Welcome to WebmasterWorld Guest from 22.214.171.124
I was surprised to see those links show up in the GWT "Pages with external links" list.
On About rel="nofollow" - Webmasters/Site owners Help [google.com] it says
How does Google handle nofollowed links?
We don't follow them. This means that Google does not transfer PageRank or anchor text across these links. Essentially, using nofollow causes us to drop the target links from our overall graph of the web.
Now why are they showing up in GWT in that case? Surely Google has a practical interest in those links, at the very least to see what the anchor text says!
[edited by: gsmith at 2:44 am (utc) on April 22, 2009]
If you test that kind of link, I'm confident you will find that anchor text influence is indeed not being passed.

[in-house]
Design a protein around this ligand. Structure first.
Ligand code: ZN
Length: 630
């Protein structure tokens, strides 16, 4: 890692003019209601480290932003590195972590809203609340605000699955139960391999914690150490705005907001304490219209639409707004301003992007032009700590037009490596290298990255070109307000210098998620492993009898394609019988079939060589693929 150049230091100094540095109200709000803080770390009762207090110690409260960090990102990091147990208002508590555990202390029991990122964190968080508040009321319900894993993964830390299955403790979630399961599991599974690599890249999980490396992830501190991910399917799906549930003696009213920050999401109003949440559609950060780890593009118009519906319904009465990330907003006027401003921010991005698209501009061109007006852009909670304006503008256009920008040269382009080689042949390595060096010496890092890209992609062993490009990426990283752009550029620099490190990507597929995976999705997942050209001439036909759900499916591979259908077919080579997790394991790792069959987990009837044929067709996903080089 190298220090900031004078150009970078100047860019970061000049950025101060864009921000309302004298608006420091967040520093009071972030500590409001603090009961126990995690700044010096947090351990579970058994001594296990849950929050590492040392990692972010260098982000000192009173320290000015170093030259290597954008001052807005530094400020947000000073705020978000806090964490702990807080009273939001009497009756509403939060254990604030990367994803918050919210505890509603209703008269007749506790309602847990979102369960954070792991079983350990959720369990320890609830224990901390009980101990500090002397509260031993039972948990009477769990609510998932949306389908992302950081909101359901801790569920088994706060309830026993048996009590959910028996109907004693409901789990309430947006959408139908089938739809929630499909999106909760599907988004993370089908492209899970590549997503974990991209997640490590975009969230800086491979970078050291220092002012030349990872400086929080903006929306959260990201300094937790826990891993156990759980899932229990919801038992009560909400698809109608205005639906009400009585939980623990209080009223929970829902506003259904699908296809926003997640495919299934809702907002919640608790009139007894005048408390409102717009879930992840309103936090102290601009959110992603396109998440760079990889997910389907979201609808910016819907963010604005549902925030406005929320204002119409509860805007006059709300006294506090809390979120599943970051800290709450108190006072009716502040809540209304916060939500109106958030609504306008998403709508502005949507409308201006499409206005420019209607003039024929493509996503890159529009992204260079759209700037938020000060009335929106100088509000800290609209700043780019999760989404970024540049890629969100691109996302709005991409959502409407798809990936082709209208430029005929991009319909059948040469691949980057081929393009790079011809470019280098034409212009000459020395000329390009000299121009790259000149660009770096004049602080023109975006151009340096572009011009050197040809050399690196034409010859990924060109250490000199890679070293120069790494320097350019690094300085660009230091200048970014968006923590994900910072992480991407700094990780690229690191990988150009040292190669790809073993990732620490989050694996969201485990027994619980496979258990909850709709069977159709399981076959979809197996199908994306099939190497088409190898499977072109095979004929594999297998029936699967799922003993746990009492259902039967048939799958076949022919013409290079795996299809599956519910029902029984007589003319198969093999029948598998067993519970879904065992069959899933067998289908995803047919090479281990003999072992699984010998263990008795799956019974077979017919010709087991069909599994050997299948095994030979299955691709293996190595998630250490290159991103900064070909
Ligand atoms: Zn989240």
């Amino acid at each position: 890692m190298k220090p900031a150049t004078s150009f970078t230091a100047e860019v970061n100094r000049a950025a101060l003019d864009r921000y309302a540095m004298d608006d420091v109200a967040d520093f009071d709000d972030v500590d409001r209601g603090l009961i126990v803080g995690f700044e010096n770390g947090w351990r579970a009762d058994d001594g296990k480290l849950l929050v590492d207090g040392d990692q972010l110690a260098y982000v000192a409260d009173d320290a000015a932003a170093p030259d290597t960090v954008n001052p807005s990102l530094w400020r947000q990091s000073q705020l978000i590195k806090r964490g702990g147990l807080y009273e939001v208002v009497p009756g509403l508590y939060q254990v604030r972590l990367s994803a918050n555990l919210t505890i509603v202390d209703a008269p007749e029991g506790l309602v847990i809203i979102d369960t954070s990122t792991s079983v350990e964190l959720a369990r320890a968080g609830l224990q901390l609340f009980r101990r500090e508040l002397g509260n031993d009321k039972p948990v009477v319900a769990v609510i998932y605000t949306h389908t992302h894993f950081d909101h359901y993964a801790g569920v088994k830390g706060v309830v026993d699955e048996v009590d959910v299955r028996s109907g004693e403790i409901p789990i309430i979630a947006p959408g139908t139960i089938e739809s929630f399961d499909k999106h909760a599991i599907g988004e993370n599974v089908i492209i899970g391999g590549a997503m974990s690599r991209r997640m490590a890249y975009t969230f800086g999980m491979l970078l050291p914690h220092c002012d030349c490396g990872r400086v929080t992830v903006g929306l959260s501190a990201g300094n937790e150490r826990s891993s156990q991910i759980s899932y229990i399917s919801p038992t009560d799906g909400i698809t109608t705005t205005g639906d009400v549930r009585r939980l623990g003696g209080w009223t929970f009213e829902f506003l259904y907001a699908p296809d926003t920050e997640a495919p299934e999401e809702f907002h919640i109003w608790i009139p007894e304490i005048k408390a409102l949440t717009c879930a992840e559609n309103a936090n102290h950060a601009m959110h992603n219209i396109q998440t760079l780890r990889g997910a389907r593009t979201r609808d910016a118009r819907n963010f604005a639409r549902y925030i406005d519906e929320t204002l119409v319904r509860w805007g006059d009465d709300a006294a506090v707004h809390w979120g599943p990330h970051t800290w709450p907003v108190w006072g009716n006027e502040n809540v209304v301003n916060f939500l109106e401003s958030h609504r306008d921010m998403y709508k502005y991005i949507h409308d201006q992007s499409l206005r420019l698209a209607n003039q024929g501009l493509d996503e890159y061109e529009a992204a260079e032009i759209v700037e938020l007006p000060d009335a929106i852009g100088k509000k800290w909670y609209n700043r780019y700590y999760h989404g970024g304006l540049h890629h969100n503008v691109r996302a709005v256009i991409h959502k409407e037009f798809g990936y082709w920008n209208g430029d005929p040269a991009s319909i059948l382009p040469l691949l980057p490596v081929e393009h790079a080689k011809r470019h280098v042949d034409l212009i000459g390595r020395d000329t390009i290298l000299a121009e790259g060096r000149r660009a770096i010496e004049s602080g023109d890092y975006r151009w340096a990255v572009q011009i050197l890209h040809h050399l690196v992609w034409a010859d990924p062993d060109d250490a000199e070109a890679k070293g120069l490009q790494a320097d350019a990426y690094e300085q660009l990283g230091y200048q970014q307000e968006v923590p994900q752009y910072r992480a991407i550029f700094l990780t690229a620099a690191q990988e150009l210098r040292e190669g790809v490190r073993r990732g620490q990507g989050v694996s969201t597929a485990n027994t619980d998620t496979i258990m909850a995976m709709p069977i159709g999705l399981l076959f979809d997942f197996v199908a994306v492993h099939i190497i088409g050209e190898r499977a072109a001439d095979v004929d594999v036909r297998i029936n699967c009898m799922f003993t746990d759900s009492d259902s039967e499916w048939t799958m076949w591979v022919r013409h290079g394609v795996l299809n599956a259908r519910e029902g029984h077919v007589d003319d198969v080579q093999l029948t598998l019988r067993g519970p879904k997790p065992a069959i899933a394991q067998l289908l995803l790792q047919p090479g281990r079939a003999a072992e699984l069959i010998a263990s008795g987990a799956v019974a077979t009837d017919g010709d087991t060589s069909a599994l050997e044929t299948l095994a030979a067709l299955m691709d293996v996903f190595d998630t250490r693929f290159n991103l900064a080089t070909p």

When you think about it, so long as their robots are coming across those links why shouldn't they analyze the data? I understand why they don't want to give weight to nofollow links when calculating relative ranks, but why not analyze the text for one reason or another?
The first reason that nofollow was created was for social media sites to protect themselve from spammers. It is relatively simple to script a bot to place spam links all over the blogs, and that practice was rampant. Then there's the practice of "Google bowling" where automated posting of spammy links attempts to knock the rankings of legitimate sites around. That needed some protection, too.
Having created the nofollow attribute to protect webmasters, Google will not go back now and analyze the data for use in their search results - neither for query-dependent factors such as anchor text, nor query-independent factors such as trust or PageRank.
Do they keep stats on rel="nofollow" links, just privately held data? I'm sure they do. Even in the video, Matt mentions that nofollowed links make up a very small percentage of all links on the web. So they watch it, and they know about it - they just don't evaluate urls based on it. Google doesn't even use nofollow links for url discovery.